A.M. Best has affirmed the financial strength rating of ‘A’ (Excellent) and issuer credit ratings (ICR) of “a” of Singapore-based AIG Asia Pacific Insurance Pte. Ltd. (AIG APAC) and its fully-owned subsidiaries, AIG Australia Limited (AIG Australia) and AIG Insurance Hong Kong Limited (AIG Hong Kong). Best has also, revised its ratings’ outlook to positive from stable for the ICR of AIG APAC. The outlook for AIG APAC’s FSR of is stable. The outlook for the ICR and FSR of AIG Australia and AIG Hong Kong is also stable. The ultimate parent company is American International Group, Inc. (AIG). Best said “AIG APAC’s ratings reflect its solid capitalization, diversified insurance portfolio and leading market position, along with its subsidiaries, in the Asia-Pacific region. AIG APAC’s insurance portfolio is well diversified geographically in the Asia-Pacific region and has a balanced mix of various consumer and commercial lines, which strengthen AIG APAC’s leading regional market position, provide competitive advantages in servicing multinational client accounts and provide benefits of risk diversification.” As offsetting factors Best cited the “impacts from potential major natural catastrophes and potentially high dividends in the coming years.” Best said: “AIG Australia’s ratings reflect its strong reinsurance support from its affiliates, favorable operating results and risk-adjusted capital position, which remained adequate after the company reduced its capital level in 2012.” As offsetting factors Best cited “the company’s exposure to volatile liability lines, reduction in prospective investment income due to the decline in capital size and interest rates, and uncertainty of reserve developments for its liability lines. In addition, a decline in its affiliates’ ratings could materially reduce the company’s risk-adjusted capitalization.” Concerning AIG Hong Kong’s ratings, Best said the “reflect its strong market presence in selected commercial and personal non-life insurance segments in Hong Kong, and its improved operating performance over the past few years.” As partial offsetting factors Best noted the “company’s relatively volatile underwriting results, which are due to its exposure in workers’ compensation and financial lines businesses, and the expected decrease in risk-adjusted capitalization due to an increase in risk retention, which began in 2013. Notwithstanding, the company’s risk-adjusted capitalization level is expected to remain adequate to support its current ratings over the short to medium term.” In conclusion Best said: “Future positive rating actions could occur if AIG APAC achieves a consistently favorable underwriting performance in its Asia-Pacific insurance portfolios and it maintains its strong capitalization. Negative rating actions could occur if AIG APAC shows significant worsening in its operating results or the payout of high dividends that trigger substantial deterioration in its risk-adjusted capitalization. While AIG Australia and AIG Hong Kong are well placed at their current rating level, negative rating actions could occur if there is a significant worsening of their operating results and a substantial deterioration in their risk-adjusted capitalization. Any unfavorable rating actions on AIG also could put downward pressure on the companies’ ratings.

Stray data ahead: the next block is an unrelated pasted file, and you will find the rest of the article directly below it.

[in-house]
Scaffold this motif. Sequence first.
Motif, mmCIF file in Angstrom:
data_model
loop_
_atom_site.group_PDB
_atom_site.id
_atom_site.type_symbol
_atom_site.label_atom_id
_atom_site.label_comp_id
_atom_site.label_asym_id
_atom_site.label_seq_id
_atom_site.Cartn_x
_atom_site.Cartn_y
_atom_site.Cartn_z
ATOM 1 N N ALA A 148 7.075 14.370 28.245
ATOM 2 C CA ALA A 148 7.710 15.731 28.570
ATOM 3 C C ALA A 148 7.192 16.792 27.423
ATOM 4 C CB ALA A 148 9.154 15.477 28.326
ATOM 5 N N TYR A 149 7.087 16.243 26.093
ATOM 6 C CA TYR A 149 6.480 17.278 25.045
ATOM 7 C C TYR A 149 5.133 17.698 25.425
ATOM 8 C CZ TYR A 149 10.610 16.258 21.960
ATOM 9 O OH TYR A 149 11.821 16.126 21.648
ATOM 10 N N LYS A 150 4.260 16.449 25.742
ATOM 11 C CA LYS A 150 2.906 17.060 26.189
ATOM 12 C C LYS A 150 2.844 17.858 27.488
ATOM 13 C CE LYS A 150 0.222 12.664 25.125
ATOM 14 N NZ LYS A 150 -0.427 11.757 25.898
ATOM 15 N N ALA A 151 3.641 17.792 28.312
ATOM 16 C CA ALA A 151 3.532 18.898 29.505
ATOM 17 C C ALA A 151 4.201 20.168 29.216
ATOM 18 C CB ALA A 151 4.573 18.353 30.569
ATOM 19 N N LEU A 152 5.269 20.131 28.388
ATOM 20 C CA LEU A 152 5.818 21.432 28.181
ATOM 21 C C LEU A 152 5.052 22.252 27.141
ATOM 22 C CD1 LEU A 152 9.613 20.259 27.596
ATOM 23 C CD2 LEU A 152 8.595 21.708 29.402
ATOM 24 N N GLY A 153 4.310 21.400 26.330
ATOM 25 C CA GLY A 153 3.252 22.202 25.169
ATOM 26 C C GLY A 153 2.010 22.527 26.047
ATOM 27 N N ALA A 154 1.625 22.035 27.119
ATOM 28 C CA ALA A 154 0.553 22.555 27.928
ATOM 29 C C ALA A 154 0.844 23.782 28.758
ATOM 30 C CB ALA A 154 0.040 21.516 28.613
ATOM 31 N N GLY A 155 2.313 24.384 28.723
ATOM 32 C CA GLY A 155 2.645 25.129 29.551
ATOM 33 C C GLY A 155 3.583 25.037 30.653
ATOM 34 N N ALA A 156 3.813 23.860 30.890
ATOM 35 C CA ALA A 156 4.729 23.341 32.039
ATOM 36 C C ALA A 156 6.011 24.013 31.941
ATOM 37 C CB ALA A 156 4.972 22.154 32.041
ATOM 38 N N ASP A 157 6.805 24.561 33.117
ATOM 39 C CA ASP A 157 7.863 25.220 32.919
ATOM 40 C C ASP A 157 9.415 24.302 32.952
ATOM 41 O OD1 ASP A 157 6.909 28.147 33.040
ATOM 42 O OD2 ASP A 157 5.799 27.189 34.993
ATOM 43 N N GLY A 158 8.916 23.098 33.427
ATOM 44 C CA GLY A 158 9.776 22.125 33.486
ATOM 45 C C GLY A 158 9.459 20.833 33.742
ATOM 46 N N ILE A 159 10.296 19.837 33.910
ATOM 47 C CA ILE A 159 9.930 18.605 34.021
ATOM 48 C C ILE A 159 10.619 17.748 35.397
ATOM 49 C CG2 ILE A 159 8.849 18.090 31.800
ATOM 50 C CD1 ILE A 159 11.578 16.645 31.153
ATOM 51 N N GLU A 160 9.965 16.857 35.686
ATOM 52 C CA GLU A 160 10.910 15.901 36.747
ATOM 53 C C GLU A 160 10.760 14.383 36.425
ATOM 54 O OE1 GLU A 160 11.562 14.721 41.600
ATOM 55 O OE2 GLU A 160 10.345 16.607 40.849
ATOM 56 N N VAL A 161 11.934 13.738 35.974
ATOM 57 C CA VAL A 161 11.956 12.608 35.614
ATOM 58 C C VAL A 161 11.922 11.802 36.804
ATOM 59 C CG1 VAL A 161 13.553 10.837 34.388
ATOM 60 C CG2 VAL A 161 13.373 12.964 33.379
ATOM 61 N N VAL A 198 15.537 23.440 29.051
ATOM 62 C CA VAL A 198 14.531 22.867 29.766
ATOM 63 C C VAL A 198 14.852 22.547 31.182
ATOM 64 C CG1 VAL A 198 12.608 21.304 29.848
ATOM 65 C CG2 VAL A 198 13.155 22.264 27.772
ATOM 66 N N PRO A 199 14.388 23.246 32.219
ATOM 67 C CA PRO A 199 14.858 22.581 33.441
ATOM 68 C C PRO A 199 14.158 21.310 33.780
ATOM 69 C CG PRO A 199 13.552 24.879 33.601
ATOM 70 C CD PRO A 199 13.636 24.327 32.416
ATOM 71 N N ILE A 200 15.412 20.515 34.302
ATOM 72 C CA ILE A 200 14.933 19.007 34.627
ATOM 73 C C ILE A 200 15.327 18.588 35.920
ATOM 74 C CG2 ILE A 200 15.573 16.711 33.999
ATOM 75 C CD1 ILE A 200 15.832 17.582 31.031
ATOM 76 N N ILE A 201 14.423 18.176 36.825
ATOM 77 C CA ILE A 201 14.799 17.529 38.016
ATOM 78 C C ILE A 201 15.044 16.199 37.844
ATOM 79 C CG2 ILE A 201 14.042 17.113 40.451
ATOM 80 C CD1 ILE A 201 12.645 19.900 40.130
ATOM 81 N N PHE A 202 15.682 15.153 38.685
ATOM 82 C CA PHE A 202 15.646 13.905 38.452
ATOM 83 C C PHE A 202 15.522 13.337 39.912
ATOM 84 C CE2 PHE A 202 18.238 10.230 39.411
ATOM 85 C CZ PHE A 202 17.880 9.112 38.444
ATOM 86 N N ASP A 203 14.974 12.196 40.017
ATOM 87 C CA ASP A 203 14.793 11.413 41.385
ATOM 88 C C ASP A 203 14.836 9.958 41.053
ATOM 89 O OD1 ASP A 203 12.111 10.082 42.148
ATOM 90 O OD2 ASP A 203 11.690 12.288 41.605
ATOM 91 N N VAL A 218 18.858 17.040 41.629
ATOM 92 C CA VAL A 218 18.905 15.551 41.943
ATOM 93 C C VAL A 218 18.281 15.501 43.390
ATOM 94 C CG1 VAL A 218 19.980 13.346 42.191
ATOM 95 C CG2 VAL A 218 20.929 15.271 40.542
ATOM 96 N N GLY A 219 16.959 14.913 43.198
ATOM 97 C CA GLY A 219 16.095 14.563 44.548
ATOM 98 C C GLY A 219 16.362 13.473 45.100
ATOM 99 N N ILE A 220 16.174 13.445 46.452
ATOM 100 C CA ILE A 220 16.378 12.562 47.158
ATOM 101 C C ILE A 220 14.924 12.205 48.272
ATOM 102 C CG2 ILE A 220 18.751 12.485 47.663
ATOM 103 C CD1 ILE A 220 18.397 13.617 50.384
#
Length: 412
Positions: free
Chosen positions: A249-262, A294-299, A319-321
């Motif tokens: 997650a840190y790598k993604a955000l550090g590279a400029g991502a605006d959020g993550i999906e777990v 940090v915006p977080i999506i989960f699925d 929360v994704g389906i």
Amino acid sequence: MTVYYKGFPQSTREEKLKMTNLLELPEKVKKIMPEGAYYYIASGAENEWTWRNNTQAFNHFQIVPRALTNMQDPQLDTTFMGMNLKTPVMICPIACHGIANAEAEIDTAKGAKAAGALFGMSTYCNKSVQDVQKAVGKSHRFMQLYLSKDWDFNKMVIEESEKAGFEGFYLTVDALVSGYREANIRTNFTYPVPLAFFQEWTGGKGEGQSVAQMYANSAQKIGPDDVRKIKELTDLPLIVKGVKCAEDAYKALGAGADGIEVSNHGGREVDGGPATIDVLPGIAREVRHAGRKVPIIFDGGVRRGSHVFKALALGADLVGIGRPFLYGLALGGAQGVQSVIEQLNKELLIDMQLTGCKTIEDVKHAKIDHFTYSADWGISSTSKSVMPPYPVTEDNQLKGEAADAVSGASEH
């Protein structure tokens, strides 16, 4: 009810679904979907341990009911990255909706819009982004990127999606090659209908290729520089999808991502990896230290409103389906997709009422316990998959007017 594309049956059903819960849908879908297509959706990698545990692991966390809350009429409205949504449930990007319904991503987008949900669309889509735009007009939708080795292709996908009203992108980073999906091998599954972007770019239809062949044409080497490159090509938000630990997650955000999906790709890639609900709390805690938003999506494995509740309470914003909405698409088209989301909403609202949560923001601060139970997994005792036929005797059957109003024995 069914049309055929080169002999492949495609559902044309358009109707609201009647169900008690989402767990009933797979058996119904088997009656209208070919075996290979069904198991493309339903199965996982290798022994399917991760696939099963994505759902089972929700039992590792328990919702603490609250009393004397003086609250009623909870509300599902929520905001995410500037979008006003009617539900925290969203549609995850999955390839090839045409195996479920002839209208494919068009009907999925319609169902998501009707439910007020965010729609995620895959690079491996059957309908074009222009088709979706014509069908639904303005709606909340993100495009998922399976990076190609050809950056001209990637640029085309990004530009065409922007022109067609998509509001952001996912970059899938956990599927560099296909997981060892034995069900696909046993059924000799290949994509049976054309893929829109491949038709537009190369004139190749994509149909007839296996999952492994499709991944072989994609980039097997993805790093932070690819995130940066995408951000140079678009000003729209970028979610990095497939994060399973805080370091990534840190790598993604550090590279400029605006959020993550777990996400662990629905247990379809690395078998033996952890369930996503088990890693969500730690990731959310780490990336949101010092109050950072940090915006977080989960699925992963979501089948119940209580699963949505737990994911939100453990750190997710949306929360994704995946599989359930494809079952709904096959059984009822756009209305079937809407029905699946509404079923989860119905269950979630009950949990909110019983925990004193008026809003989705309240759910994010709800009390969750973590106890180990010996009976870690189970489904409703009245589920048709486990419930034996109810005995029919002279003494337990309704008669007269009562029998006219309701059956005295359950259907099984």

A.M. Best has affirmed the financial strength rating of ‘A’ (Excellent) and issuer credit ratings of “a” of The Fuji Fire & Marine Insurance Company, Limited (Fuji Fire), based in Japan, and AIU Insurance Company, Ltd. (AIU), also based in Japan. The ultimate parent company is American International Group, Inc. (AIG). The outlook for all of the ratings is stable. “Fuji Fire’s ratings reflect its “adequate risk-adjusted capitalization and improvement in its profitability,” Best explained. “The company reported an improvement in its operating performance in the first half of fiscal year 2013, driven by the recovery in its auto underwriting results. AIU’s ratings reflect its distinctive presence in the Japanese market as a significant provider of accident and health insurance (A&H) and the expected improvement in its profitability. AIU’s underwriting results are expected to improve in the midterm, driven by a restructuring in its reinsurance arrangements. AIU’s retention remained at approximately 22 percent over the past five years ending in 2013, with a significant portion of risk ceded to AIG’s affiliates. The small base of net premium income under J-GAPP resulted in weak profitability and high volatility in its operating ratio in that five-year period.” Best added that it ratings for Fuji Fire and AIU “consider the support from their parent company, AIG Japan Holdings KK, ultimately owned by AIG, in the areas of cross-selling opportunities with its group companies, risk management and strategic initiatives for business integration. In the second half of 2015, Fuji Fire is scheduled to merge with AIG, subject to regulatory approval. The companies’ operating performance is expected to improve in the midterm, as they accelerate their integration by sharing infrastructure and implementing group-wide initiatives.” Best indicated that the “companies are well positioned at their current rating level. Negative rating actions could occur if there is a significant worsening of their operating results and a substantial deterioration in their risk-adjusted capitalization. Any unfavorable rating actions on AIG could also put downward pressure on the companies’ ratings.”
These reports are part of several that Best has released on the AIG Group’s ratings.